Squid with Cilantro, Garlic, and Lime
From Kitchen Express by Mark Bittman
In a large bowl, combine a handful or so of chopped cilantro, some minced garlic, the zest and juice of a lime, a tablespoon of fish sauce, kosher salt, and freshly ground black pepper. In vegetable oil, cook a pound of cut up squid (dry squid well first) until they are done, about two to three minutes, taking care not to overcook. (Or use shrimp and cook for three to four minutes until pink and no longer translucent). Toss the squid with the cilantro mixture. Serve on angel hair pasta, over noodles or rice, alone, or even as part of a salad.
I’m thrilled that more bloggers are becoming interested in Mark Bittman and his brilliant cookbooks. A group of five fabulous ladies are now celebrating Mark with a monthly Bittman Blog Hop called Tackling Bittman. It’s on the first Thursday of each month and I’m submitting this recipe to the February blog hop. Please visit Alex at A Moderate Life (the lovely and talented creator of the blog hop), Christy at Frugality and Crunchiness with Christy, Dr Laura at Who is Laura?, Sue at Couscous and Conciousness, and Pam at Sidewalk Shoes to see the other wonderful Bittman recipes featured this month on Tackling Bittman.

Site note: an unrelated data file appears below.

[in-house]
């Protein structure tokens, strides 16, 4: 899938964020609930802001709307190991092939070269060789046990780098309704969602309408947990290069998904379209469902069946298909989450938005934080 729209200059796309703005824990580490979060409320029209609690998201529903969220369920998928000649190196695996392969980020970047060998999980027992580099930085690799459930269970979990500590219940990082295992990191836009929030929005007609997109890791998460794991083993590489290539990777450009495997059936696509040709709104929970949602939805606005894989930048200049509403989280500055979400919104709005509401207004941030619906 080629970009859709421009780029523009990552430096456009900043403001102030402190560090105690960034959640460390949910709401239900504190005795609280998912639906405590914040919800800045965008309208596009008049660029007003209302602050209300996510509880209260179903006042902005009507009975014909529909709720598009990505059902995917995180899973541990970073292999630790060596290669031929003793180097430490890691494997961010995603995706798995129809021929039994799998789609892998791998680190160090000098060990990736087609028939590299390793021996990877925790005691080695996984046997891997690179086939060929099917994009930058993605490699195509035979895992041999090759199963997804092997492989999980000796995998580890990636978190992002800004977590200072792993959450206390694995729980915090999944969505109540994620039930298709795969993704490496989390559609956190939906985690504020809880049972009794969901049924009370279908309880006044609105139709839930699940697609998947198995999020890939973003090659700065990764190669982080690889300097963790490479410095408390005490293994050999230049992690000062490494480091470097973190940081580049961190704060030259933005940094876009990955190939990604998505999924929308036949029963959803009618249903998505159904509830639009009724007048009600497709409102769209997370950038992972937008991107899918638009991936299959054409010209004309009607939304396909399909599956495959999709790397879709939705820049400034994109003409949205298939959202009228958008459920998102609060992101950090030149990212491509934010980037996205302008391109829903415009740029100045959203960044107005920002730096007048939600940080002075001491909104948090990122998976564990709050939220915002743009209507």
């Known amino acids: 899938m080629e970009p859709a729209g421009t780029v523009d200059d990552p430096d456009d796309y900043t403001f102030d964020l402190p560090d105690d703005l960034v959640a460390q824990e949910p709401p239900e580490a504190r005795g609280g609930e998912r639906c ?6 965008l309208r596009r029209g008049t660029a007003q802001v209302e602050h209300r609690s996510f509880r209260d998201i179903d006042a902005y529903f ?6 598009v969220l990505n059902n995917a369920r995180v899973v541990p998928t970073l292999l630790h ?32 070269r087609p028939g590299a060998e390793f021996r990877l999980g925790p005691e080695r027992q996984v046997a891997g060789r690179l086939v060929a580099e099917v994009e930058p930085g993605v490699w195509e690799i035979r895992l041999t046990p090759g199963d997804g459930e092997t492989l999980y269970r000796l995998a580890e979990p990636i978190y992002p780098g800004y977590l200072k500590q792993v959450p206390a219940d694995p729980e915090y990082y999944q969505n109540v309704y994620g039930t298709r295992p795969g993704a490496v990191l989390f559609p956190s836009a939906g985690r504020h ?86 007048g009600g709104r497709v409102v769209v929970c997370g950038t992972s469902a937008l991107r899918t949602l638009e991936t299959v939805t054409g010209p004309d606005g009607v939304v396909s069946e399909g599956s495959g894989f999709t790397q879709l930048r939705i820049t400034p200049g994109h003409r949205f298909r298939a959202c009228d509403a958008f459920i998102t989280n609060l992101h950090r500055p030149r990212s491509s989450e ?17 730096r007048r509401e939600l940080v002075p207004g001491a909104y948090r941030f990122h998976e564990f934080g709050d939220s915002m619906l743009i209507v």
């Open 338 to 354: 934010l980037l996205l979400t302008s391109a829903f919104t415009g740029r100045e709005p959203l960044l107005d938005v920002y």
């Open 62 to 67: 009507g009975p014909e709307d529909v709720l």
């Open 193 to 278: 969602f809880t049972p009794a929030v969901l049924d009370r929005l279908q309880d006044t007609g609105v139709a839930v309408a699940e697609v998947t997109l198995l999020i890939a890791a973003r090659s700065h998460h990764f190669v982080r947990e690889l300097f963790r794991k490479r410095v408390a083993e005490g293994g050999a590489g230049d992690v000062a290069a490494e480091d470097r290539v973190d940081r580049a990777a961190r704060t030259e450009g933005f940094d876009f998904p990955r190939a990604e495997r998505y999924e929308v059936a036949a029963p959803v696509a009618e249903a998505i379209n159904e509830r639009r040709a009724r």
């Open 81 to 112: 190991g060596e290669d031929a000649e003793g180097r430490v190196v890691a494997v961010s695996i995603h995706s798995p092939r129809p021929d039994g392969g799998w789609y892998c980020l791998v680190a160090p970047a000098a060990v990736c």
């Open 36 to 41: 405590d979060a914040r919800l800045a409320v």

What’s your favorite Mark Bittman recipe?
Wednesday, February 2, 2011
Seared Tuna With Ponzu Dipping Sauce
There’s a new wave of entertaining popping up in homes throughout the world. It’s called the coffee-table movement. More and more people today are serving small, healthy dishes that are perfect for chic, informal meals served around the coffee table. Hence the name, coffee-table movement. Depending on where you live, these little dishes may be called antipasti, appetizers, tapas, mezze, sushi, or simply finger food.